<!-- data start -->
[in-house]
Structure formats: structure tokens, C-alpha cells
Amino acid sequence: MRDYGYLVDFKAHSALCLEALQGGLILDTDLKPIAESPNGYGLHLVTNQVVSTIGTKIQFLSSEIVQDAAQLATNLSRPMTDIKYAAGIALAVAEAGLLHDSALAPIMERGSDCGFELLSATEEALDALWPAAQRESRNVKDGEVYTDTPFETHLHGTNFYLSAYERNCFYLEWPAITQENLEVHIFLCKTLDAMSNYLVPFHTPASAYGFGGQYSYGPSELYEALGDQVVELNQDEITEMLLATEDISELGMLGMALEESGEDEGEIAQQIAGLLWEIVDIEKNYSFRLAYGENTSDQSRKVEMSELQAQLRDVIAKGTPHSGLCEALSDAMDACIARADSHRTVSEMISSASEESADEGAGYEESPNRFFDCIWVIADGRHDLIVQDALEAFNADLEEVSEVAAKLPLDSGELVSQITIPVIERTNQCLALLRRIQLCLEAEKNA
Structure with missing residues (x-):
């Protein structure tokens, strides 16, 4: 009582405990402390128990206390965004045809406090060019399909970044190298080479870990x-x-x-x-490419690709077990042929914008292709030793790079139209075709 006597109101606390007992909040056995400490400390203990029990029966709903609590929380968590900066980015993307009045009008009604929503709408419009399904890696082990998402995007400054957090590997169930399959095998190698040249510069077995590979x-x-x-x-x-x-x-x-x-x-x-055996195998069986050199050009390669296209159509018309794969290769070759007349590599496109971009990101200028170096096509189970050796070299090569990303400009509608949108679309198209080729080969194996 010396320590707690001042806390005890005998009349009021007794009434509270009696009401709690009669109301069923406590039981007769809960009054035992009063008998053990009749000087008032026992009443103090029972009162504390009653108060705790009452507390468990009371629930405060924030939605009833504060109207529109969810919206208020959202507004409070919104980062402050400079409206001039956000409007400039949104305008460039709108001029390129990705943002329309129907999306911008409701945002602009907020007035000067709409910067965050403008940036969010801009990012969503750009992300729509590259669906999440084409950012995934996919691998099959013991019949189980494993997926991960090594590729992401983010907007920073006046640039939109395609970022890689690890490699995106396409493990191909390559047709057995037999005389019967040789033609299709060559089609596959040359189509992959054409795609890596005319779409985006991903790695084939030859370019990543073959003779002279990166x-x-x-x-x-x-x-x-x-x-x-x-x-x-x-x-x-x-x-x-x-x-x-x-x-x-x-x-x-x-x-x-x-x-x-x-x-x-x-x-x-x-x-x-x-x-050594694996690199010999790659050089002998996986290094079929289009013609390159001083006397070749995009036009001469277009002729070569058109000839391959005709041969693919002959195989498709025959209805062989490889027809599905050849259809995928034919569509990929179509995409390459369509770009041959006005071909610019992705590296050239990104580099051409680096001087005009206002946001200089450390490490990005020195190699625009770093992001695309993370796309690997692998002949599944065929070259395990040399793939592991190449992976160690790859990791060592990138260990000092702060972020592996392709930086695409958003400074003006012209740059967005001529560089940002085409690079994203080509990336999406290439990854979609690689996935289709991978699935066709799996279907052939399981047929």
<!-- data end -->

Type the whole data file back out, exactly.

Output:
[in-house]
Structure formats: structure tokens, C-alpha cells
Amino acid sequence: MRDYGYLVDFKAHSALCLEALQGGLILDTDLKPIAESPNGYGLHLVTNQVVSTIGTKIQFLSSEIVQDAAQLATNLSRPMTDIKYAAGIALAVAEAGLLHDSALAPIMERGSDCGFELLSATEEALDALWPAAQRESRNVKDGEVYTDTPFETHLHGTNFYLSAYERNCFYLEWPAITQENLEVHIFLCKTLDAMSNYLVPFHTPASAYGFGGQYSYGPSELYEALGDQVVELNQDEITEMLLATEDISELGMLGMALEESGEDEGEIAQQIAGLLWEIVDIEKNYSFRLAYGENTSDQSRKVEMSELQAQLRDVIAKGTPHSGLCEALSDAMDACIARADSHRTVSEMISSASEESADEGAGYEESPNRFFDCIWVIADGRHDLIVQDALEAFNADLEEVSEVAAKLPLDSGELVSQITIPVIERTNQCLALLRRIQLCLEAEKNA
Structure with missing residues (x-):
């Protein structure tokens, strides 16, 4: 009582405990402390128990206390965004045809406090060019399909970044190298080479870990x-x-x-x-490419690709077990042929914008292709030793790079139209075709 006597109101606390007992909040056995400490400390203990029990029966709903609590929380968590900066980015993307009045009008009604929503709408419009399904890696082990998402995007400054957090590997169930399959095998190698040249510069077995590979x-x-x-x-x-x-x-x-x-x-x-055996195998069986050199050009390669296209159509018309794969290769070759007349590599496109971009990101200028170096096509189970050796070299090569990303400009509608949108679309198209080729080969194996 010396320590707690001042806390005890005998009349009021007794009434509270009696009401709690009669109301069923406590039981007769809960009054035992009063008998053990009749000087008032026992009443103090029972009162504390009653108060705790009452507390468990009371629930405060924030939605009833504060109207529109969810919206208020959202507004409070919104980062402050400079409206001039956000409007400039949104305008460039709108001029390129990705943002329309129907999306911008409701945002602009907020007035000067709409910067965050403008940036969010801009990012969503750009992300729509590259669906999440084409950012995934996919691998099959013991019949189980494993997926991960090594590729992401983010907007920073006046640039939109395609970022890689690890490699995106396409493990191909390559047709057995037999005389019967040789033609299709060559089609596959040359189509992959054409795609890596005319779409985006991903790695084939030859370019990543073959003779002279990166x-x-x-x-x-x-x-x-x-x-x-x-x-x-x-x-x-x-x-x-x-x-x-x-x-x-x-x-x-x-x-x-x-x-x-x-x-x-x-x-x-x-x-x-x-x-050594694996690199010999790659050089002998996986290094079929289009013609390159001083006397070749995009036009001469277009002729070569058109000839391959005709041969693919002959195989498709025959209805062989490889027809599905050849259809995928034919569509990929179509995409390459369509770009041959006005071909610019992705590296050239990104580099051409680096001087005009206002946001200089450390490490990005020195190699625009770093992001695309993370796309690997692998002949599944065929070259395990040399793939592991190449992976160690790859990791060592990138260990000092702060972020592996392709930086695409958003400074003006012209740059967005001529560089940002085409690079994203080509990336999406290439990854979609690689996935289709991978699935066709799996279907052939399981047929």